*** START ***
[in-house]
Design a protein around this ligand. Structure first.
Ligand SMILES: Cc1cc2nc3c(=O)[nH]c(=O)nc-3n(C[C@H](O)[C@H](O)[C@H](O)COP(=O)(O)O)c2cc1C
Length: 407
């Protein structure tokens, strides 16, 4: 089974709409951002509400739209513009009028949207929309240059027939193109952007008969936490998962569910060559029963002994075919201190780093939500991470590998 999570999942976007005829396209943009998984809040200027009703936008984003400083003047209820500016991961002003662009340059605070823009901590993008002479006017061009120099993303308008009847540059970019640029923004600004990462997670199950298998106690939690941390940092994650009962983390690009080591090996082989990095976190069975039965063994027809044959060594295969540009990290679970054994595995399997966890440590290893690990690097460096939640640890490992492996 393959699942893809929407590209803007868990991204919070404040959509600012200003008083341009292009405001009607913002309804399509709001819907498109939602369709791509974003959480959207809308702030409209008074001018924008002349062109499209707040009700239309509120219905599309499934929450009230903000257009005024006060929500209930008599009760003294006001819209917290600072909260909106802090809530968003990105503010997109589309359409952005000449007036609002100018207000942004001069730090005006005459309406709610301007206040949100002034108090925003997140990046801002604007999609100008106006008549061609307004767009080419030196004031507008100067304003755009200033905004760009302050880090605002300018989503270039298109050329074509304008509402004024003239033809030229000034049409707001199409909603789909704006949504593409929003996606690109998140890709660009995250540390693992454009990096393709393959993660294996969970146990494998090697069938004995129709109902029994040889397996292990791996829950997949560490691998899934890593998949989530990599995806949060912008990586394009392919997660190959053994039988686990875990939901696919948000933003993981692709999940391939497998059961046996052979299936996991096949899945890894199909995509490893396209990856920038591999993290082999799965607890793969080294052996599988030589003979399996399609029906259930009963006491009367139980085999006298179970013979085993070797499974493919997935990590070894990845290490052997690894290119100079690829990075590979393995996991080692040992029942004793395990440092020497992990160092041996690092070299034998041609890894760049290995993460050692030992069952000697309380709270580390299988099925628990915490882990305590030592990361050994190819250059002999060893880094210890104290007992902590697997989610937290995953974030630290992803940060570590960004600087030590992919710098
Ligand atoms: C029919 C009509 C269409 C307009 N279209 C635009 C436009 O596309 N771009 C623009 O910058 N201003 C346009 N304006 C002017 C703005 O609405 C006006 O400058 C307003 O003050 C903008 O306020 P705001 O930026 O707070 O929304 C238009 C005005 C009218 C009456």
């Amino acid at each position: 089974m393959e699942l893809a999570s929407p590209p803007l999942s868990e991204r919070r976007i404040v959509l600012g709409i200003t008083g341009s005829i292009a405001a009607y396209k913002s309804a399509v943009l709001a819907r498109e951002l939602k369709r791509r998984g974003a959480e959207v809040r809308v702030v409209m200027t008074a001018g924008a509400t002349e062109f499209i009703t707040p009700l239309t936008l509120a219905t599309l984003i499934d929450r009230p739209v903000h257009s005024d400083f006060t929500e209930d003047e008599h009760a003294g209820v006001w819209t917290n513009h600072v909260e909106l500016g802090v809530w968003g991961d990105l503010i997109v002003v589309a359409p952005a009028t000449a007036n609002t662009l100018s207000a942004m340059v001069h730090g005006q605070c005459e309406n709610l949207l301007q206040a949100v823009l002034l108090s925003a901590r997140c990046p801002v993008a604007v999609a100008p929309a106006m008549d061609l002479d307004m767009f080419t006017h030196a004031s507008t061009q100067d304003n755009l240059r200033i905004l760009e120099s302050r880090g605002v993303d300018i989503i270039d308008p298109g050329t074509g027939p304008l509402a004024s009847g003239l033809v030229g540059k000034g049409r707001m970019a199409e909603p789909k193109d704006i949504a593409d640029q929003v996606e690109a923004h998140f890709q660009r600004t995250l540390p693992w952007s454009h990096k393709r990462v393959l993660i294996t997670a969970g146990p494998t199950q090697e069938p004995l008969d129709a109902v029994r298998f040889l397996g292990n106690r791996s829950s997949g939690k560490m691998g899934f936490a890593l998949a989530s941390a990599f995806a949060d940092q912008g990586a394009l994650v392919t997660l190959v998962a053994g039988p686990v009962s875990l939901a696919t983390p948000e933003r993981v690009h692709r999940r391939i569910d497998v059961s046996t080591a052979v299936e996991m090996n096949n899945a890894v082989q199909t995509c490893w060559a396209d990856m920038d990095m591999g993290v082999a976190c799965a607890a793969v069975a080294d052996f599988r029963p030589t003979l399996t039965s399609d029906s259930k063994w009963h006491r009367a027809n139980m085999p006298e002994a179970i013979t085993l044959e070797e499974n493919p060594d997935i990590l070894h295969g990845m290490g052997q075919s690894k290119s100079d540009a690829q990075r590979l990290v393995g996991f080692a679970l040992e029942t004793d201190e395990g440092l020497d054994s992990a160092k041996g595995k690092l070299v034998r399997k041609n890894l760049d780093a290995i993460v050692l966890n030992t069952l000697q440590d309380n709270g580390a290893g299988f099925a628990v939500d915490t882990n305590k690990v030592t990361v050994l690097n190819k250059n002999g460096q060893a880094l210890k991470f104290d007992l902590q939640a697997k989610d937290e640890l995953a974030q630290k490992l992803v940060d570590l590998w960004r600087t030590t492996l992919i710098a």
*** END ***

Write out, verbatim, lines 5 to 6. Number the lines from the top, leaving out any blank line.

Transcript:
């Protein structure tokens, strides 16, 4: 089974709409951002509400739209513009009028949207929309240059027939193109952007008969936490998962569910060559029963002994075919201190780093939500991470590998 999570999942976007005829396209943009998984809040200027009703936008984003400083003047209820500016991961002003662009340059605070823009901590993008002479006017061009120099993303308008009847540059970019640029923004600004990462997670199950298998106690939690941390940092994650009962983390690009080591090996082989990095976190069975039965063994027809044959060594295969540009990290679970054994595995399997966890440590290893690990690097460096939640640890490992492996 393959699942893809929407590209803007868990991204919070404040959509600012200003008083341009292009405001009607913002309804399509709001819907498109939602369709791509974003959480959207809308702030409209008074001018924008002349062109499209707040009700239309509120219905599309499934929450009230903000257009005024006060929500209930008599009760003294006001819209917290600072909260909106802090809530968003990105503010997109589309359409952005000449007036609002100018207000942004001069730090005006005459309406709610301007206040949100002034108090925003997140990046801002604007999609100008106006008549061609307004767009080419030196004031507008100067304003755009200033905004760009302050880090605002300018989503270039298109050329074509304008509402004024003239033809030229000034049409707001199409909603789909704006949504593409929003996606690109998140890709660009995250540390693992454009990096393709393959993660294996969970146990494998090697069938004995129709109902029994040889397996292990791996829950997949560490691998899934890593998949989530990599995806949060912008990586394009392919997660190959053994039988686990875990939901696919948000933003993981692709999940391939497998059961046996052979299936996991096949899945890894199909995509490893396209990856920038591999993290082999799965607890793969080294052996599988030589003979399996399609029906259930009963006491009367139980085999006298179970013979085993070797499974493919997935990590070894990845290490052997690894290119100079690829990075590979393995996991080692040992029942004793395990440092020497992990160092041996690092070299034998041609890894760049290995993460050692030992069952000697309380709270580390299988099925628990915490882990305590030592990361050994190819250059002999060893880094210890104290007992902590697997989610937290995953974030630290992803940060570590960004600087030590992919710098
Ligand atoms: C029919 C009509 C269409 C307009 N279209 C635009 C436009 O596309 N771009 C623009 O910058 N201003 C346009 N304006 C002017 C703005 O609405 C006006 O400058 C307003 O003050 C903008 O306020 P705001 O930026 O707070 O929304 C238009 C005005 C009218 C009456």